An ex-soldier who is battling a brain tumour plans to make the most of Christmas – by celebrating it with his first grandchild.
And Jason Evans, of Goldthorpe, is hoping for a new year boost in his fight against the illness after he has a scan in in the first week of January.
Granddaughter Freya Ivy was born in August, and Jason are the family are delighted to have giving the little girl a great first Christmas to focus on.
Jason was a fit and healthy 40-year-old when he suddenly suffered a seizure in May 2010 - and was then given the devastating news that he had a brain tumour.
He was taking part in a resettlement course after serving in the British Army for 22 years when he was taken ill in Surrey, miles from his Goldthorpe home.
Upon hearing the news, his wife of 17 years Verona Evans, aged 44, rushed to be by his side.
“When they first said he had a brain tumour my knees buckled, it was so shocking. It turned our world upside down. There been nothing wrong with him at all, I didn’t understand how this could have happened. He’d battled in war zones in Afghanistan and survived,” she said.
At first, the tumour was benign, but six-months-later the couple were told the tumour had become cancerous. The father-of-three had a grade three Oligodendglioma tumour.
He had an operation in Sheffield Hallamshire Hospital and 95 per cent of the tumour was removed. Six weeks of radiotherapy and nine-months of chemotherapy followed, then Jason was told the tumour was stable.
Sadly, 18 months later the tumour returned and Jason, now aged 45, had to undergo another operation and also another course of gruelling treatment, however, that was also successful.
Again, the family readjusted to life back at home, on Mulberry Close, and hoped that the cancer had been beaten for good. This was not to be the case.
At another routine scan, which Jason has every three months, he was told that the cancer had returned. Doctors do not want him to have more radiotherapy and chemotherapy because of concern that the exposure to further radiation may cause brain damage. Now, Jason’s only hope to prolong his life is Proton Beam Therapy, a less invasive type of radiotherapy, but Verona is determined to remain positive.
“Now he’s had it for so long we have just learnt to live with it, we just carry on. I always get nervous when he has to go for his scan results, but you just have to get on with it and remember that we have been lucky in so many ways. After all, he has had two successful operations,” she said.
“He does get tired very easily and sometimes he can get mixed up with his speech, but apart from that you wouldn’t know there was anything wrong with him.
“We are hoping he will get the Proton Beam Therapy. He has a scan on January 4 and depending on Jason’s condition at that time he could be sent for treatment within days.”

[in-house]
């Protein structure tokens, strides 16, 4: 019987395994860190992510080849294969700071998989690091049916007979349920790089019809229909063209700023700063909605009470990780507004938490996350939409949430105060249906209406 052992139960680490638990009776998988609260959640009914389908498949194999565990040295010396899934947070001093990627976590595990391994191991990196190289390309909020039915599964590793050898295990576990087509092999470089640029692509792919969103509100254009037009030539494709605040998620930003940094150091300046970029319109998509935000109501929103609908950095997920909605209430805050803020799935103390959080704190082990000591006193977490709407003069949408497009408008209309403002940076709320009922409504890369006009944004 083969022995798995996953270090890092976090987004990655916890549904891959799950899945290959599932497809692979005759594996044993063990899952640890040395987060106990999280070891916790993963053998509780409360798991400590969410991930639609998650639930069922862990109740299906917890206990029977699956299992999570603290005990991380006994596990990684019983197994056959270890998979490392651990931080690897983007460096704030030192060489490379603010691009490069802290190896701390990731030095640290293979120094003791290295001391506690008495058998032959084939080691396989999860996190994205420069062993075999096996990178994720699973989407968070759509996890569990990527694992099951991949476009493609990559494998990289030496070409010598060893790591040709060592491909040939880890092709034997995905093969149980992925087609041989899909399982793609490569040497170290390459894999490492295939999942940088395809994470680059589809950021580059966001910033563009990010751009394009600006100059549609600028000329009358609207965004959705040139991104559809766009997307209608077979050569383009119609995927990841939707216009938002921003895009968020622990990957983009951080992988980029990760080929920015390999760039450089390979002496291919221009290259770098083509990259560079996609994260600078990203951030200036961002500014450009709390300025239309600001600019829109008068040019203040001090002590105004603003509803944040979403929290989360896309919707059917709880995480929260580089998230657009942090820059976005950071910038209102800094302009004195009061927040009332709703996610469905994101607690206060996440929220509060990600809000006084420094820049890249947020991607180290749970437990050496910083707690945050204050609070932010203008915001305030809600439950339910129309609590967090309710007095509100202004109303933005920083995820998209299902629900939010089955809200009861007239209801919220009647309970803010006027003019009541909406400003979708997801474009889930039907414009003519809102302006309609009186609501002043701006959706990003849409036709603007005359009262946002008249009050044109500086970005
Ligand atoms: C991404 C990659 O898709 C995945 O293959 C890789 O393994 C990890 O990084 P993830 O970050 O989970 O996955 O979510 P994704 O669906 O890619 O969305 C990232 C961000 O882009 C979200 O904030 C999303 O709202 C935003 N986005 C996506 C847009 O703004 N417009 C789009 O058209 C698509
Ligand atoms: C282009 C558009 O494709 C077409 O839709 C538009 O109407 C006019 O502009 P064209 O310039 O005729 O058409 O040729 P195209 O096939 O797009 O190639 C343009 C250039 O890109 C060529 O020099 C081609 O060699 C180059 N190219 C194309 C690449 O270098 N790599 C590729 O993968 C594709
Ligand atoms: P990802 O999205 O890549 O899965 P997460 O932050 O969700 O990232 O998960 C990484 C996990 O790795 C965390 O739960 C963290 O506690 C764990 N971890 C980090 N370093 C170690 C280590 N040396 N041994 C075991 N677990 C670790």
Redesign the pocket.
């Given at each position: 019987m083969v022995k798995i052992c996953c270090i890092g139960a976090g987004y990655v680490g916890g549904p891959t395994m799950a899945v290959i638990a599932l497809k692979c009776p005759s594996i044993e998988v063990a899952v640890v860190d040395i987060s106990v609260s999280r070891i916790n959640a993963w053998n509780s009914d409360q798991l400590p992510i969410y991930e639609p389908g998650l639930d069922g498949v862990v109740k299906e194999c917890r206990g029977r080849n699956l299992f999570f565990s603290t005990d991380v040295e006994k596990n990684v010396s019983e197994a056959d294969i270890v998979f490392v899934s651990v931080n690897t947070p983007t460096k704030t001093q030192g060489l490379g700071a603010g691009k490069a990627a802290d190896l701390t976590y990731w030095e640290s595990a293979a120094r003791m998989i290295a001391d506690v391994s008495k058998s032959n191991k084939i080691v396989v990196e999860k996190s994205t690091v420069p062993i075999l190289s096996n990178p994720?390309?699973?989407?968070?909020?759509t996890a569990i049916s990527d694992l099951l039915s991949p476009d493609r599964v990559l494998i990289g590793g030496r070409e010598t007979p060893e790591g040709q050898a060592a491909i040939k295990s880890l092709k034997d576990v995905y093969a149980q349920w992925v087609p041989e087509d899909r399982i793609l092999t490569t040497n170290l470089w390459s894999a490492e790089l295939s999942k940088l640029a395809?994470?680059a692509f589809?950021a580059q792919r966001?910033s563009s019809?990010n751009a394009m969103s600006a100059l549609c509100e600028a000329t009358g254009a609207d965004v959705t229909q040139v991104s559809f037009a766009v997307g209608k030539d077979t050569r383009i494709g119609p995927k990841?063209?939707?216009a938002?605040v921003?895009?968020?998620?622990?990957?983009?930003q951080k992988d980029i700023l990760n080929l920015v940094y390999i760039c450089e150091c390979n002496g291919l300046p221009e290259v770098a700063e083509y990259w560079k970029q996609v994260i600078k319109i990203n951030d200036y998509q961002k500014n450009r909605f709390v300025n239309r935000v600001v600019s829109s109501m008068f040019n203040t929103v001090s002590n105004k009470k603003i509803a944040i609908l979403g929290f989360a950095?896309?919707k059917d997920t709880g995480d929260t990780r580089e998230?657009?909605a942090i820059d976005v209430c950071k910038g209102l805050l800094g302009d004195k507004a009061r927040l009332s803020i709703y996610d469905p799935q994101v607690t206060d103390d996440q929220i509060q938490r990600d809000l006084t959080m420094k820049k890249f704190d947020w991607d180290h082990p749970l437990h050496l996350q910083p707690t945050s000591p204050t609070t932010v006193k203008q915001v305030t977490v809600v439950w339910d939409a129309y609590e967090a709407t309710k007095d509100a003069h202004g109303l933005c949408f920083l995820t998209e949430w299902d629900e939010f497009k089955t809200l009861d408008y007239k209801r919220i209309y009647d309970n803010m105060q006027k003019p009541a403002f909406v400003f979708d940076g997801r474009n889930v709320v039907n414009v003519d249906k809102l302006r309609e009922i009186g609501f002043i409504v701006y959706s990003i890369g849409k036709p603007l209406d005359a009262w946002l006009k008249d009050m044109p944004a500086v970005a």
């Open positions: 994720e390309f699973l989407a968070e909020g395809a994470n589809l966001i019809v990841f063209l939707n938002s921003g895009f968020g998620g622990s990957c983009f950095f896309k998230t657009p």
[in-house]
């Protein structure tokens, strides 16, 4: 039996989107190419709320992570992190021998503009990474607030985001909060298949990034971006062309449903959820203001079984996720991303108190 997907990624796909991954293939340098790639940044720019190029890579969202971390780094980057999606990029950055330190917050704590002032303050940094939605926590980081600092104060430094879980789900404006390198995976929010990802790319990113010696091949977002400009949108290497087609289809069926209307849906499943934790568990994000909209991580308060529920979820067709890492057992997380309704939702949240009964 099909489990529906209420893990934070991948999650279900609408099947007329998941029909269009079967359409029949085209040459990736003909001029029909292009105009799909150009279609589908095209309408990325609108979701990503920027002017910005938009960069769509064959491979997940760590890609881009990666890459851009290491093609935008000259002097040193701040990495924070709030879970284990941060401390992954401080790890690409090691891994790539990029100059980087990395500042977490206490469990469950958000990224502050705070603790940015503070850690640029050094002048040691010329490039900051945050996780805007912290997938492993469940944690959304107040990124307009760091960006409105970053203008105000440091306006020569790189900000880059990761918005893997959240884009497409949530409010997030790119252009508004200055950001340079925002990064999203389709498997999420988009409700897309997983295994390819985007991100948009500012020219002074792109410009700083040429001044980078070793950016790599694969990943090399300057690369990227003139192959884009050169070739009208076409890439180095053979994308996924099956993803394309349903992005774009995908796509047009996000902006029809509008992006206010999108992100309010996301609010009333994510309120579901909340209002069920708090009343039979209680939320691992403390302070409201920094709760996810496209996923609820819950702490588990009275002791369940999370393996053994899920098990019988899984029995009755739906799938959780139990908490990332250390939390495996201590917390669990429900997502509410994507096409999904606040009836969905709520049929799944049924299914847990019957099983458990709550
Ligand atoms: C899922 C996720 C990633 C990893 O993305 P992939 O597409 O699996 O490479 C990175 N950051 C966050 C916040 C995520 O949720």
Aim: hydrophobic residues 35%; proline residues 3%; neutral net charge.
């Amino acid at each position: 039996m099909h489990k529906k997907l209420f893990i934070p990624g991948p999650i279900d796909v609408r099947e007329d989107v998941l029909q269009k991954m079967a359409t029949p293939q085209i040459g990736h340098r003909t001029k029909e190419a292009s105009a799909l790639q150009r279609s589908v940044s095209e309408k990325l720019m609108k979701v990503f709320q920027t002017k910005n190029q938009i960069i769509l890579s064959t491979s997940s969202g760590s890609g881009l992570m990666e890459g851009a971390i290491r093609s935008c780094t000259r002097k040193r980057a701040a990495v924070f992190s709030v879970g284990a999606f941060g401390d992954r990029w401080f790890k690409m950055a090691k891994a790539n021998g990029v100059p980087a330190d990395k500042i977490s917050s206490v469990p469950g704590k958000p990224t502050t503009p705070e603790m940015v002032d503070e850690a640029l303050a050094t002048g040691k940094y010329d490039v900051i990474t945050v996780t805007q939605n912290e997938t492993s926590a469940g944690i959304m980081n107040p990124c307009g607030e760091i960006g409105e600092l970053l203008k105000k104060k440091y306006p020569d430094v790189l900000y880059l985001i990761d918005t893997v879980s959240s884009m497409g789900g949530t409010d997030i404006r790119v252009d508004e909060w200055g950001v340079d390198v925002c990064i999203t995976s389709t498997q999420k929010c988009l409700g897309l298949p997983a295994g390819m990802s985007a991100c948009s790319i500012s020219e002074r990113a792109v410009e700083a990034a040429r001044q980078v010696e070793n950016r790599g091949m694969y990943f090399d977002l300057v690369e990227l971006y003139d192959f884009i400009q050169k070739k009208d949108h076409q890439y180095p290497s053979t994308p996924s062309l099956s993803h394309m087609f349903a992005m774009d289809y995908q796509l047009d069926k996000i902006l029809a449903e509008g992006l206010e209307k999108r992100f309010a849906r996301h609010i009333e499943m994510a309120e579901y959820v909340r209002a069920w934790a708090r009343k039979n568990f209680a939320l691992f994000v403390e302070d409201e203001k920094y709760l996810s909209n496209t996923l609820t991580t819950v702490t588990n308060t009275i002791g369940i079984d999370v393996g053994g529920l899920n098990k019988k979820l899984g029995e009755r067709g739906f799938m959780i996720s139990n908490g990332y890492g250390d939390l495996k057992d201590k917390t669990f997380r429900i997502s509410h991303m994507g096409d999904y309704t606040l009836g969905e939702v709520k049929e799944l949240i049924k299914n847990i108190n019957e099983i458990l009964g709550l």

Proton Beam Therapy is not yet available in the UK, so Jason will have to travel to Oaklahoma in America for the treatment. It will cost £75,000, money which has been donated by cancer charity Kids ‘n’ Cancer.
The charity was set up in 2010 to help children get life saving treatment for their cancers and tumours. They also help adults, and will pay for therapy upfront. The families then fundraise to pay the money back.
Verona, along with friends, family, and complete strangers, has spent the last six months trying to raise the money. So far, the total raised stands at £31,000.
“It’s such a wonderful charity,” said the child-minder.
“There is no time frame to pay the money back in, it takes as along as it takes. We have been overwhelmed by the amount of people, many who we didn’t know, who have helped us. It’s been a whirlwind and we would like to thank everybody who has fundraised for us or donated money.”
For now, couple are now looking forward to spending quality time with their children this Christmas; 15-year-old Bailey, Bradley, 16, and 22-year-old Brooke, who has just become a mum herself.
Little Freya Ivy is the couple’s first grandchild and has brought joy to the whole family.
“It’s nice to have something so positive to focus on. Freya is wonderful, she’s just started to laugh. Jason has said he is so happy he is here to see his grand-daughter, he absolutely idolises her,” said Verona, who met her future husband at school in Bolton-Upon-Dearne at the age of 11.
“We are determined to put things to the back of our minds and make the most of Christmas because we just don’t know what’s going to happen in January.
“When Jason first got diagnosed they said his life expectancy was five to seven years, it’s been five years now and sometimes I do think there’s two years left. But, nobody really knows. If he is able to have this treatment it could give him another 10 years of good quality life.
“We do have our down days, but mostly I just thank my lucky stars that he is still here.”
To follow Jason’s story, search ‘Jason’s Journey’ on Facebook. To donate, visit www.justgiving.com/jasonsjourney.